Now, there is a 4-hour chunk of daylight taken up by the driving trips to the hospital for treatment, doctor meetings and errands. When I get home, it’s unloading the car, cleaning,  popping more supplements, fixing a snack, emailing, and then a well-earned nap! Then it’s time to fix dinner. So, when is there time for it all, let alone for exercise?

Sound familiar to you? Well, it should because everybody is busy! For most of us fitting daily activities together is  often like fitting pieces into a puzzle. When a new activity joins the day, we have to integrate it with the others in a balanced way, so that we will keep doing it!

Here are my 2 reasons why exercise must be prioritized:

1)    The stronger I go in to surgery, the quicker I will come out. That is, if I am able to maintain a level of fitness, then my nutrients and calories will process optimally, muscles will rebuild efficiently, and I will spend less time in that horrible post-op recovery agony.

2)   Exercise is for mental health. Time dedicated to exercise results in accomplishment, meditation, and the satisfaction of a strong, flexible body. I have come to rely on this time by myself, and miss it when I don’t get it.

Here’s an unofficial 3rd) People will tell you you’re amazing. Who expects someone with an illness to work out? Nobody, so as a patient, if you can do it, then why would you want to miss out on that “wow”?

Most people need to have a set routine, such as exercising before breakfast, or after work, or else the workout gets passed over for TV, snacking or some other cherished activity. We are all busy, and working out just doesn’t sound as good as the other things. I’m fortunate, because I’ve always valued fitness, and will fit it in, even if I missed my usual work out time, even if it is just stretching and sit-ups on the deck while I’m cooking dinner.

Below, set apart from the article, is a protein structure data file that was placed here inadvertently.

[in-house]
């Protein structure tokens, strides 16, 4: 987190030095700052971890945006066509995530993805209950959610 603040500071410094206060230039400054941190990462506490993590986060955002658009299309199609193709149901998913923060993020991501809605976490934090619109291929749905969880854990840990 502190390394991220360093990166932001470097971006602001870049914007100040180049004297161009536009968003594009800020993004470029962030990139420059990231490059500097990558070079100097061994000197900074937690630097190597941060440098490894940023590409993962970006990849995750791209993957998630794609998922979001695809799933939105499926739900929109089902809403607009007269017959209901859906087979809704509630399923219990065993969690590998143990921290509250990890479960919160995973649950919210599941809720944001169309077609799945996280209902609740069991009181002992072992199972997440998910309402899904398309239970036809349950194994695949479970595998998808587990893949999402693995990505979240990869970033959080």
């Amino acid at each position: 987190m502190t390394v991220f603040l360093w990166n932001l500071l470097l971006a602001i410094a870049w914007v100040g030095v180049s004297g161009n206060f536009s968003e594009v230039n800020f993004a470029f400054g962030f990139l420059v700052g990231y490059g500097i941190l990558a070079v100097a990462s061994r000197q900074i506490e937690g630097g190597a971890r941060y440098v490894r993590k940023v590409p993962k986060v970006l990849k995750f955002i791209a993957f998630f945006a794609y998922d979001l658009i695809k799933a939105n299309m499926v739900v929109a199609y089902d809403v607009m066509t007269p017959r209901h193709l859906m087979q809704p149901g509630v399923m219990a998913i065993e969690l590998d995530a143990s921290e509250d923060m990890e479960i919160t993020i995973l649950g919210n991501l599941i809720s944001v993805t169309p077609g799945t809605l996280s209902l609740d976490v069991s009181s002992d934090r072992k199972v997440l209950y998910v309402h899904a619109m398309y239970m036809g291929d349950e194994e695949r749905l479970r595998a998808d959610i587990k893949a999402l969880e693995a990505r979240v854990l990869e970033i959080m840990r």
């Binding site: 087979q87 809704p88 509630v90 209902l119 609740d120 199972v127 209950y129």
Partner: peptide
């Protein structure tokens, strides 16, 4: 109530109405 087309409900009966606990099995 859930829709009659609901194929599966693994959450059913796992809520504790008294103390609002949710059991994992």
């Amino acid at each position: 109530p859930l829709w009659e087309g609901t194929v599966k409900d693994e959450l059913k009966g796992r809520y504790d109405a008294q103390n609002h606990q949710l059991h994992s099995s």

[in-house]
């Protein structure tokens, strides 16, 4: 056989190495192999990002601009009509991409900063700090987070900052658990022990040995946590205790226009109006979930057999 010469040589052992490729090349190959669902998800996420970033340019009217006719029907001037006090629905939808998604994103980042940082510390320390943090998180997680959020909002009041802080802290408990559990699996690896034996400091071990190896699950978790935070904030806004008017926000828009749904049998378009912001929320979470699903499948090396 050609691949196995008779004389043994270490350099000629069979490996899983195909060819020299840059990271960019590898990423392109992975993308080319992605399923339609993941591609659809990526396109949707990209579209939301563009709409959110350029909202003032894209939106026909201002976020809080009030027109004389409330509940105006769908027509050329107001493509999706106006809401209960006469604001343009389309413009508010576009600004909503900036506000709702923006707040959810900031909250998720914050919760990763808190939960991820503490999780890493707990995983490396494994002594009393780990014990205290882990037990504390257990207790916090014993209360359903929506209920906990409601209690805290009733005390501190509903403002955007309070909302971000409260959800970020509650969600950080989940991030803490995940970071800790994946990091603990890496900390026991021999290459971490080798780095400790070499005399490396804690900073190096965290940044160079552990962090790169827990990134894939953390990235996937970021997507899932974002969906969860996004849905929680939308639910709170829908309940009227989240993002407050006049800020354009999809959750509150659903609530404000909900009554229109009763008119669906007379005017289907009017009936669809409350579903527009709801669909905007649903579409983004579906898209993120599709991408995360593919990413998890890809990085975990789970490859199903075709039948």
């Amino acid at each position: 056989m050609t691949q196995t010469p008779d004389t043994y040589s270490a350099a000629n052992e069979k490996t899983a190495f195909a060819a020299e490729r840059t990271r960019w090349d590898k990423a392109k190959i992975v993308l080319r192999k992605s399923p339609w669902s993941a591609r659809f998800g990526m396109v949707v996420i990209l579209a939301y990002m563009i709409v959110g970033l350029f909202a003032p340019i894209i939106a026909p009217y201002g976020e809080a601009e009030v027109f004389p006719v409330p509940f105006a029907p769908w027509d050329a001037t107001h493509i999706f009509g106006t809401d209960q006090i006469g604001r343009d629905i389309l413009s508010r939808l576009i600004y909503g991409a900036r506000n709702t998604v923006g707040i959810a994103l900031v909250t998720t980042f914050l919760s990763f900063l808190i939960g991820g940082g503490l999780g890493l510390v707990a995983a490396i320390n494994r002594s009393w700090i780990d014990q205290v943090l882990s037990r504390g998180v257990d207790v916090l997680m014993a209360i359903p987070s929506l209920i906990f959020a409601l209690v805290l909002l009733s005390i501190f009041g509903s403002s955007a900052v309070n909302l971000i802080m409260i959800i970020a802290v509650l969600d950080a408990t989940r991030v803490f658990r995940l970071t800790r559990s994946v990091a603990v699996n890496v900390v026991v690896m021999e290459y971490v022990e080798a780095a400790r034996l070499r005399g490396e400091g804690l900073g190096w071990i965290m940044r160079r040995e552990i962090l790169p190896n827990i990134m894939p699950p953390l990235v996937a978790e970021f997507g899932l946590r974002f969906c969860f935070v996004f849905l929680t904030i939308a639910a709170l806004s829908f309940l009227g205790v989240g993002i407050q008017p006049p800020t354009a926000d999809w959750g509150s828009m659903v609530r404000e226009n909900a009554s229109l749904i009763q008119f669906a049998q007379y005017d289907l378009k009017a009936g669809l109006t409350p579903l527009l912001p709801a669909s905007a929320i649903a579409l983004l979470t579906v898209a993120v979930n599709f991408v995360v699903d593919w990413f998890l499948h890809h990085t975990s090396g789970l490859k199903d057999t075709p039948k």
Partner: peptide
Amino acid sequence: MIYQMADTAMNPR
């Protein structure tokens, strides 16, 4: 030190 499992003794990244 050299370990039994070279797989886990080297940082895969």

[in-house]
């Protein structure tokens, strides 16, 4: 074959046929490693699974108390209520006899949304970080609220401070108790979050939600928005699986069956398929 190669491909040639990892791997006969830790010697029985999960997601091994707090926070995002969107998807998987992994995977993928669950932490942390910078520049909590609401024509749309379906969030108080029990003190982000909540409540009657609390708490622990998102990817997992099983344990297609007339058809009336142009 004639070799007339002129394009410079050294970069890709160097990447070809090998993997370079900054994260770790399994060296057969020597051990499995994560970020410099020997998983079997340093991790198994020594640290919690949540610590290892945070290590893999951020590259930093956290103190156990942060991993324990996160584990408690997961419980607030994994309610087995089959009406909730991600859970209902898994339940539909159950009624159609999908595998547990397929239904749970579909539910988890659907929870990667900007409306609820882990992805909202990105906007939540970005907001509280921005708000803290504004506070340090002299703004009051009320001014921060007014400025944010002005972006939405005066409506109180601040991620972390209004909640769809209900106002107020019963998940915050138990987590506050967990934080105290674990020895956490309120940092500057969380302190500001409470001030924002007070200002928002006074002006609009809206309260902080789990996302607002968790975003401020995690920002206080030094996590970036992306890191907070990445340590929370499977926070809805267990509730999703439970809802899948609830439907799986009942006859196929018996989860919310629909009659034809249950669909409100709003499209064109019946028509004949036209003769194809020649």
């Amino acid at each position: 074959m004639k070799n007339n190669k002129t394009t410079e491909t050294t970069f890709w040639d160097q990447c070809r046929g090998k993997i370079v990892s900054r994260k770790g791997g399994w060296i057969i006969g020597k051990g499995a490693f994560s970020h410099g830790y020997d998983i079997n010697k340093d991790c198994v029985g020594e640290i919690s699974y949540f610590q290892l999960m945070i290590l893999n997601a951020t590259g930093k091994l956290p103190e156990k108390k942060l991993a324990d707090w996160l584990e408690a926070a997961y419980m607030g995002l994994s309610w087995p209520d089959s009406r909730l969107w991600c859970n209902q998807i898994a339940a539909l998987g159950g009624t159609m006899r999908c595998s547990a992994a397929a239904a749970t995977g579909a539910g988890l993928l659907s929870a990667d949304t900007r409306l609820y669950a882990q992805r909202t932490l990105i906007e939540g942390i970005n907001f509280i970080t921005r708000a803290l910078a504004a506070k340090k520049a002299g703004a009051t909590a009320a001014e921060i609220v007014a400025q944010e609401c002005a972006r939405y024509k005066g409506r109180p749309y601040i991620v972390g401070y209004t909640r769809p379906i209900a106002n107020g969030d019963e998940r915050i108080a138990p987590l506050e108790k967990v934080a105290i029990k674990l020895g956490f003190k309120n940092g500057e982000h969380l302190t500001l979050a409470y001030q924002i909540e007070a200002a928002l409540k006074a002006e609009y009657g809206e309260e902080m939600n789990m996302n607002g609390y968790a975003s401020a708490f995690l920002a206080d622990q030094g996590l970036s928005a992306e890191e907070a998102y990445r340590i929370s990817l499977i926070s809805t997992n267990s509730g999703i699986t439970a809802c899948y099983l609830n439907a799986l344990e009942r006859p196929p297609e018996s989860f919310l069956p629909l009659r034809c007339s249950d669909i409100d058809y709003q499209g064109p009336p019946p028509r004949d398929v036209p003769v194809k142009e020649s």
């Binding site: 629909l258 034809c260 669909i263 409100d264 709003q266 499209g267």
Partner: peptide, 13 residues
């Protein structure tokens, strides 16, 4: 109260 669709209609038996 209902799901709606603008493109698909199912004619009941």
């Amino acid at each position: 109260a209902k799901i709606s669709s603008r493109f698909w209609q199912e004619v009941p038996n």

These days, I tire more quickly, and burn calories faster due to the radiation/chemo therapy, and still fitness is a must. It’s my mental health time!

The floor routine…

…is boringly regular (some might say), and consists of a full head-to-toe routine. It simply maintains, rather than builds strength and flexibility, as a training program would do. I do it in silence, because my mind can go wherever it needs to then. No music, no clutter. Well, I’m an introvert, and clear air does me best!

Ahhh, that’s it. So now, I begin with neck rolls, slow and gentle, but to feel a stretch in the shoulders.

Shoulder rolls, arm stretches, torso stretches, back twists, back rolls.

Leg stretches – calves, hams, quads.

Yoga stretching for hips, deeper muscle stretches and holding poses.

Down dog, and back arch (I’m sure there’s a yoga term for it).

Push-ups, sit ups, glute presses, leg lifts.

Leg stretches on the floor.

Weights & bands – arm curls, shoulders, back.

TADA! Accomplishment!

In the evenings, Matt & I will hike the neighborhood hills together and talk about our day before we start cooking for dinner.

At the end of the day, I feel the bliss of having accomplished something just for myself.